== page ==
Navy chaplain travels to Kenya for volunteer work
February 23, 2009
Nothing Navy Lt. David Masterson heard beforehand could do justice to the squalor that awaited him upon his arrival in Kenya.
Masterson, Camp Fuji’s command chaplain, spent all of January in the Dandora district of Nairobi, home to about one-third of the capital city’s more than 3 million people. He was there as a volunteer with Kinyaho-Dandora School, founded in 1987 by Kenya Children’s Fund, an American group.
What he saw outside the school gates were people living in slum apartments or shacks made of sticks and mud, many with no electricity or running water. Some homes have as many as 10 people living in a single room. AIDS and crime are rampant.
A river filled with garbage and waste runs through the area and is the community’s lone option for cooking, bathing or cleaning. People frequently forage through a nearby garbage dump, searching for food and anything else of use.
Masterson said he was awestruck by the scene.
“It is one thing to read about these conditions in the print media and quite another thing to experience the sights and smells of raw destitution firsthand,” he said. “My eyes were opened and my heart deeply touched.”
The Kinyaho-Dandora School enrolls nearly 800 children from kindergarten through 12th grade. Besides education, kids at the school receive two meals a day and medical care.
Masterson worked with a team of Kenyan psychologists whose mission was to provide counseling to children suffering from post-traumatic stress disorder due to widespread violence that occurred in the aftermath of the 2007 Kenya elections.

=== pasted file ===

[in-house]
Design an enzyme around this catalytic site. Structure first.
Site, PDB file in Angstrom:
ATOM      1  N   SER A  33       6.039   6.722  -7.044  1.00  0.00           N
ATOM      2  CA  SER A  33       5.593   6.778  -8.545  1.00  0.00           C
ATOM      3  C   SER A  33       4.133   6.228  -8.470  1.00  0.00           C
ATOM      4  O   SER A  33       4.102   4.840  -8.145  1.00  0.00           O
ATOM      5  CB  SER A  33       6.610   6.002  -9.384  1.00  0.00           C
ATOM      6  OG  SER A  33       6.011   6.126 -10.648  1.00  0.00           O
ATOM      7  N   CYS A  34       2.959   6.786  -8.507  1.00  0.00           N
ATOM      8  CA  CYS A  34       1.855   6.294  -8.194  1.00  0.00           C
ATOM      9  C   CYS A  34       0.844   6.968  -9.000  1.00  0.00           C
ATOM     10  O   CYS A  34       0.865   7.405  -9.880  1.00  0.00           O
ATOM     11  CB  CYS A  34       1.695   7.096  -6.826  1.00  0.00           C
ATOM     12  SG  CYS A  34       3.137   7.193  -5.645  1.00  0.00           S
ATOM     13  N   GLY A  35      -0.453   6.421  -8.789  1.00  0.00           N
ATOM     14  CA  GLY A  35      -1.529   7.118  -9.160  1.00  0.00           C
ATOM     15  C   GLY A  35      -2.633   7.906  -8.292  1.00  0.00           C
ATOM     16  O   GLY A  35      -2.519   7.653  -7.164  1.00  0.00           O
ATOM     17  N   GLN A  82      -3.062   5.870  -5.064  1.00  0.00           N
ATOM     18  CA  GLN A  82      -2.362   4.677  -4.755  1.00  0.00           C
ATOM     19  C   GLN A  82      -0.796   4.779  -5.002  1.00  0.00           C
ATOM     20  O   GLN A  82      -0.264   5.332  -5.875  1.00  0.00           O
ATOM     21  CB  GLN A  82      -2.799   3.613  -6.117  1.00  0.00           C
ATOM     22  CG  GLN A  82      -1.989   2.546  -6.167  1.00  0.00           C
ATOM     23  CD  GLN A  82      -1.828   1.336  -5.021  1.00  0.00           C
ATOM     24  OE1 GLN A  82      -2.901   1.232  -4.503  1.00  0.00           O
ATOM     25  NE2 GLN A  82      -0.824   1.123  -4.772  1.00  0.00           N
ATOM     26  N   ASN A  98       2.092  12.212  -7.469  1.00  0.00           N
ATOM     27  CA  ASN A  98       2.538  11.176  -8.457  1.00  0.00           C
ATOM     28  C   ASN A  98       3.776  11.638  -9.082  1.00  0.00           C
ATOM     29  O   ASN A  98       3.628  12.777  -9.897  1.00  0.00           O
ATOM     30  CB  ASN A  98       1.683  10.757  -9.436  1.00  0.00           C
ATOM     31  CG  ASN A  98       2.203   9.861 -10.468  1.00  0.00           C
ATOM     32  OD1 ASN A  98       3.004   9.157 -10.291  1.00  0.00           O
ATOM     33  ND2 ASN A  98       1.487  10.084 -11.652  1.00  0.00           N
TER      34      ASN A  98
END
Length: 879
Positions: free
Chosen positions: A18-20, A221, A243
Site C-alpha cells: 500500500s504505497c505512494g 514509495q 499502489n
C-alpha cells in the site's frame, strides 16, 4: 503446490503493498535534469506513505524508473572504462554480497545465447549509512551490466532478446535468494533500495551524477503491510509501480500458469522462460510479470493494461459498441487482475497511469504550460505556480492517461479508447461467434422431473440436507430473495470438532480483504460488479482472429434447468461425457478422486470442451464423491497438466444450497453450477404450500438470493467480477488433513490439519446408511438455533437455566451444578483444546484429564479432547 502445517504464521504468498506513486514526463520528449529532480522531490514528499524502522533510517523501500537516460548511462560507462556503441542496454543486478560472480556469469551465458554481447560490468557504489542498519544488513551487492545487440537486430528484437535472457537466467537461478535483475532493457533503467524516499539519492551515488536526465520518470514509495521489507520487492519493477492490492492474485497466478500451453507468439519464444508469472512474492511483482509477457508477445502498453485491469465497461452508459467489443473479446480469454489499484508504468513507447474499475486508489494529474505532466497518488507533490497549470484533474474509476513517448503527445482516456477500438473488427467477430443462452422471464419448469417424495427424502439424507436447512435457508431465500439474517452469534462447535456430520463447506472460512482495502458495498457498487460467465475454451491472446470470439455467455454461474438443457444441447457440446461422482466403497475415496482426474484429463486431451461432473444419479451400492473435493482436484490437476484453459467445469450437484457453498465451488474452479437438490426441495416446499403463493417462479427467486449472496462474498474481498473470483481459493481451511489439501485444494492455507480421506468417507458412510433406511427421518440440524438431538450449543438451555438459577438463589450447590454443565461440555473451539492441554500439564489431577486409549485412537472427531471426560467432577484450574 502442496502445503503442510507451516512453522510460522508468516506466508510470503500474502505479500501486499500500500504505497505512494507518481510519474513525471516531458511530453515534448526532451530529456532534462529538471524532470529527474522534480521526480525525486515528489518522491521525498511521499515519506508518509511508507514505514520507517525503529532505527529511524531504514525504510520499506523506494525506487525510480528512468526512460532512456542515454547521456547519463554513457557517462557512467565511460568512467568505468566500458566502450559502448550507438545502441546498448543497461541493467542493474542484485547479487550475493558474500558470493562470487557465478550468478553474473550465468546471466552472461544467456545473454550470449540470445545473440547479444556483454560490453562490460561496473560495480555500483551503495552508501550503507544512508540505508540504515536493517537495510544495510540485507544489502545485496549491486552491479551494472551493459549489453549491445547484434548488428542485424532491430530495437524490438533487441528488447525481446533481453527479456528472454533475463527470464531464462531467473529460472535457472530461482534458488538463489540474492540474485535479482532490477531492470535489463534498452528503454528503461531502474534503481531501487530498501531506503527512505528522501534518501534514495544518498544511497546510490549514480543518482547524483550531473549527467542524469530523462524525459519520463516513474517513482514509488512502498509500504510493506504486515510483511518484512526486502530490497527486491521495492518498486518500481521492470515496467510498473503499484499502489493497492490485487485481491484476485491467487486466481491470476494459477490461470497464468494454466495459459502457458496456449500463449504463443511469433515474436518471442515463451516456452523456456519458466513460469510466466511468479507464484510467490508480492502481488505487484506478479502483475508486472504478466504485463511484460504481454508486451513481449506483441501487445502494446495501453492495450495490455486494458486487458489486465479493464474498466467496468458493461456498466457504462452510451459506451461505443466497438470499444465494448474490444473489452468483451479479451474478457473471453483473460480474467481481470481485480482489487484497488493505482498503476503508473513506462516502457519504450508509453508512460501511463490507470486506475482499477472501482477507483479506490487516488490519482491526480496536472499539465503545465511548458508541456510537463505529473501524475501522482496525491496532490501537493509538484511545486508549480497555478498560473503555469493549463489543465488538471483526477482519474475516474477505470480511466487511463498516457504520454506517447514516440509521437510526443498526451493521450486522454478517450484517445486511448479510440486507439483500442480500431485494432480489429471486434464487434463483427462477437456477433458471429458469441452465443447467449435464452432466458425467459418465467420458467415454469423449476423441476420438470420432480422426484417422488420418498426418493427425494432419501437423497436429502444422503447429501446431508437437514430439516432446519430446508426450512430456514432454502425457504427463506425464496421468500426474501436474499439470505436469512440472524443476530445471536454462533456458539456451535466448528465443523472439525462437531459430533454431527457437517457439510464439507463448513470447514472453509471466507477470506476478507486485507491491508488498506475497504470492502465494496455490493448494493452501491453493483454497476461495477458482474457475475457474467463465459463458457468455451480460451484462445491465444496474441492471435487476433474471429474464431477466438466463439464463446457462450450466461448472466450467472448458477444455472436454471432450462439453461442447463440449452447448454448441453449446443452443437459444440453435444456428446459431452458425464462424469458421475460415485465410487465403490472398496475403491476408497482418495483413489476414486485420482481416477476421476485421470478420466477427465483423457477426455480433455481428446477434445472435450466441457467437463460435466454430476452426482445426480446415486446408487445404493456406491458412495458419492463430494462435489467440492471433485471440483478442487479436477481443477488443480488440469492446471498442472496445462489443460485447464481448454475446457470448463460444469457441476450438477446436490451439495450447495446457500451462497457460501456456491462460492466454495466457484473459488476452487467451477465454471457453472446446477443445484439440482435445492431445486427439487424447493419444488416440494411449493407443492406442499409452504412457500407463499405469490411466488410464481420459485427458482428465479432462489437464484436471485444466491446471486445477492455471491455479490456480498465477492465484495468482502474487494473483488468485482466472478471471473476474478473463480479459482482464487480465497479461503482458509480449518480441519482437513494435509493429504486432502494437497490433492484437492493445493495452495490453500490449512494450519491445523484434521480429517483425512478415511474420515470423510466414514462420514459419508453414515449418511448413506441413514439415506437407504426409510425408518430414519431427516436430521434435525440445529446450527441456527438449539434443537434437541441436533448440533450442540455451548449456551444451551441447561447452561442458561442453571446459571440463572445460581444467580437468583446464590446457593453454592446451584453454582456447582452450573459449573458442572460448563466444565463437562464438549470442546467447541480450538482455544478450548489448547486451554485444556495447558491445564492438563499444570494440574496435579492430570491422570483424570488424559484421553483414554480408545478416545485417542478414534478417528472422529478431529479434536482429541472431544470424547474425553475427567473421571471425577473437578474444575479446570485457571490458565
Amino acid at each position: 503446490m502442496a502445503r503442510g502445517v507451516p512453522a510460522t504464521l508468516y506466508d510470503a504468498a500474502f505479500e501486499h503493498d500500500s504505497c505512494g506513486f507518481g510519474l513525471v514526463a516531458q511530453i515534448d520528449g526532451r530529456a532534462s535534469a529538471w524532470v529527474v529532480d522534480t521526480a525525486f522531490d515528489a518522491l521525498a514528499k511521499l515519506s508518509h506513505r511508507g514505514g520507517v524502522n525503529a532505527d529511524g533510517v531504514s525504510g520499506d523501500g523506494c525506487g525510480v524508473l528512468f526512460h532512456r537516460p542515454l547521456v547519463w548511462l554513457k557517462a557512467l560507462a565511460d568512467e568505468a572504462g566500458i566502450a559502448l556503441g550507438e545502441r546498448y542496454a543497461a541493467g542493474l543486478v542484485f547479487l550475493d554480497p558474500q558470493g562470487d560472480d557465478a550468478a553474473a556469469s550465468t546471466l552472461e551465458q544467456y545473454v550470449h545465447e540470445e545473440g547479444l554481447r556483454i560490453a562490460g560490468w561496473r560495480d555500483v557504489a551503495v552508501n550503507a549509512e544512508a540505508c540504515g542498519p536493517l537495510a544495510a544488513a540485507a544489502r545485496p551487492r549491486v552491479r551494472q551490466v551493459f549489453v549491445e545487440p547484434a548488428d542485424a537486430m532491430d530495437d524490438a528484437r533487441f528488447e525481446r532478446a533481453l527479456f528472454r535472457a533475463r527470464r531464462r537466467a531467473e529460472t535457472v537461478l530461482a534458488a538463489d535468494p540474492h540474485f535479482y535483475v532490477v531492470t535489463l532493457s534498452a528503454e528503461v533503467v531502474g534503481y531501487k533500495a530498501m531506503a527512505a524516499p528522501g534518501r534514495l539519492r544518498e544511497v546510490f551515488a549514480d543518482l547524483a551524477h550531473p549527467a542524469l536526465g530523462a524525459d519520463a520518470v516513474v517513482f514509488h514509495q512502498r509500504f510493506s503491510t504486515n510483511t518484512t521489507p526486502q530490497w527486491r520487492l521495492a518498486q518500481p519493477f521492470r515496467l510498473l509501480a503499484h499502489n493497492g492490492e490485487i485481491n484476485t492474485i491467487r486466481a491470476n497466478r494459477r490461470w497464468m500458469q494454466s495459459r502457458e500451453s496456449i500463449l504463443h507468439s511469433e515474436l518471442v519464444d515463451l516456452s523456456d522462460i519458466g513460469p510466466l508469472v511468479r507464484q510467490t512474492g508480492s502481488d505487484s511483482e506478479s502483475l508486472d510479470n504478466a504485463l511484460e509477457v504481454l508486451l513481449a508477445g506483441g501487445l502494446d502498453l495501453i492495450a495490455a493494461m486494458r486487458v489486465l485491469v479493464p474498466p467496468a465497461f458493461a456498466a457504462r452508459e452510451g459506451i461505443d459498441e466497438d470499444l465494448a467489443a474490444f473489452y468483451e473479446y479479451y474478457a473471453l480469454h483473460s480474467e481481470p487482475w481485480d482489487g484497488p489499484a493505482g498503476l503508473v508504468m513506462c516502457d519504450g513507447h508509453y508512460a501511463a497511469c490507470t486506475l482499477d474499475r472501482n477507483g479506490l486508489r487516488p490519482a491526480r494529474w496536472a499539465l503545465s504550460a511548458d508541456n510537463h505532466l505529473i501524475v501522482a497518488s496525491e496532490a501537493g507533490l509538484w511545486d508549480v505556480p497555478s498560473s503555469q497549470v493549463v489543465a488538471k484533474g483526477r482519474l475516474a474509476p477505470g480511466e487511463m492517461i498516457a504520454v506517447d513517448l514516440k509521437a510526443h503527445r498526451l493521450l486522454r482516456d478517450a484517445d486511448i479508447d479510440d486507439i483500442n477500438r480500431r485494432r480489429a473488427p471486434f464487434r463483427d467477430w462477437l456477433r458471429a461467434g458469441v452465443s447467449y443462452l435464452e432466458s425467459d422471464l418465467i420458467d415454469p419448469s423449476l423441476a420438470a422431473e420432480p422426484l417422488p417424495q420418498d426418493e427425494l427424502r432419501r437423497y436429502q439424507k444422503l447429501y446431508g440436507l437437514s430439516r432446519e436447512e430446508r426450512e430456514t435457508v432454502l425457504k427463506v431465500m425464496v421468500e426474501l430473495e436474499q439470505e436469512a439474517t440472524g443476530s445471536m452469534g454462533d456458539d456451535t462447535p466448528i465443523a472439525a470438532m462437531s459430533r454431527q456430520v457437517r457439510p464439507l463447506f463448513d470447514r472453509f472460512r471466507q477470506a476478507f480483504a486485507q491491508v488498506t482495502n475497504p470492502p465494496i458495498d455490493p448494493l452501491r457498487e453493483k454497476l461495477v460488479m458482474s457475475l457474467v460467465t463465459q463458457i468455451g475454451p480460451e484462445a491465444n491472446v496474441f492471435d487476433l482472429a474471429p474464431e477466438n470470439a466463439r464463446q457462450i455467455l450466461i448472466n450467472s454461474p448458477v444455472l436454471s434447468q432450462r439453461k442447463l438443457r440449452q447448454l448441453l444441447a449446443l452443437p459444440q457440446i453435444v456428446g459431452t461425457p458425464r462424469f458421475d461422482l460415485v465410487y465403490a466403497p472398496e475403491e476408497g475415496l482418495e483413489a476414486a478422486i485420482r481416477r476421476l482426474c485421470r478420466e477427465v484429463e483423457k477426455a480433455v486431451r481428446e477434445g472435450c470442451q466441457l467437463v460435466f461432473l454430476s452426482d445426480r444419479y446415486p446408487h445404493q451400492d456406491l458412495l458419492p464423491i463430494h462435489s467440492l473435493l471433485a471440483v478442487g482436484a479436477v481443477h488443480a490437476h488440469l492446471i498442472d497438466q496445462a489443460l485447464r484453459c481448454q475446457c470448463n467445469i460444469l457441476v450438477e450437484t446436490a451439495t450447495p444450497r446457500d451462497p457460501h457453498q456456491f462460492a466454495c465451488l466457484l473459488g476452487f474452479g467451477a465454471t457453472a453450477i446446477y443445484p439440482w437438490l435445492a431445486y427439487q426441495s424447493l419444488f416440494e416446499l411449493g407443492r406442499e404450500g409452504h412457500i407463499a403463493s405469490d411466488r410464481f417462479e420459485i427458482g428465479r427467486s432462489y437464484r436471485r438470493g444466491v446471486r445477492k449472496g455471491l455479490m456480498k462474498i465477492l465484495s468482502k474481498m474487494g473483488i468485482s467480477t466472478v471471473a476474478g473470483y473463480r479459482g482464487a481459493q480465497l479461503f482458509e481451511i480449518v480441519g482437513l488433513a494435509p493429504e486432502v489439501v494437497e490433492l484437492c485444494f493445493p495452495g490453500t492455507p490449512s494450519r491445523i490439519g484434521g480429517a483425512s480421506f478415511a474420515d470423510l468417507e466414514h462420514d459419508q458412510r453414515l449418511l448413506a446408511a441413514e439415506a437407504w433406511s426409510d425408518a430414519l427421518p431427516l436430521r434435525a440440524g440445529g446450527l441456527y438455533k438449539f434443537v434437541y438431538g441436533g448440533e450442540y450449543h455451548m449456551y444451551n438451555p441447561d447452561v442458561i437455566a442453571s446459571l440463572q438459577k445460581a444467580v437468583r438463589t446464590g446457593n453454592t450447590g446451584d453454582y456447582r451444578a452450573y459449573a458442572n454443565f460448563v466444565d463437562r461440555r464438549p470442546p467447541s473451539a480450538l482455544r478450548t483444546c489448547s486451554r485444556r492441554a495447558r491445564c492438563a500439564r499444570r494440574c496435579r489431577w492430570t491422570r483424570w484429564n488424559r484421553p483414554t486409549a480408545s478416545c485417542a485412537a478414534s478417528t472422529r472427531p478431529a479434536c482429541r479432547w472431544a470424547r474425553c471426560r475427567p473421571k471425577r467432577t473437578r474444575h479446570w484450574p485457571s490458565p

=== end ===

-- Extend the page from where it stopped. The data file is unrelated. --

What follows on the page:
Some of the children had family members who were raped, beaten or burned, the chaplain said.
Masterson was one of nearly 20 specialists to use music and basic fellowship to help the kids share their stories and begin healing.
He said it was imperative to put aside the environment they were in if he expected to do any good.
“What’s important is not to get overwhelmed by the enormity of the poverty but to focus on the potential that each child has,” he said.
“We would build relationships with children one on one, look into their faces and see their desire to grow and learn.”
Masterson described a bitter feeling of seeing children pressed against the gate that surrounded the school grounds — wishing they could attend. He said students couldn’t be more grateful about where they were.
“This is literally like a rescue mission operation,” he said. “The alternative is you’re in the slums basically withering in your house, or you’re out in the garbage dump looking for food.”
Masterson also visited a camp and assisted families displaced by the post-election violence, when hundreds of thousands fled their homes.
He called his experience in Africa “life changing” and said he would encourage any servicemember to take advantage of similar opportunities.
“Every day you go home and you’re just so thankful and your heart is so happy because you know that what you did actually changed somebody’s life and made a difference for them,” he said. “And there’s nothing more rewarding than that.”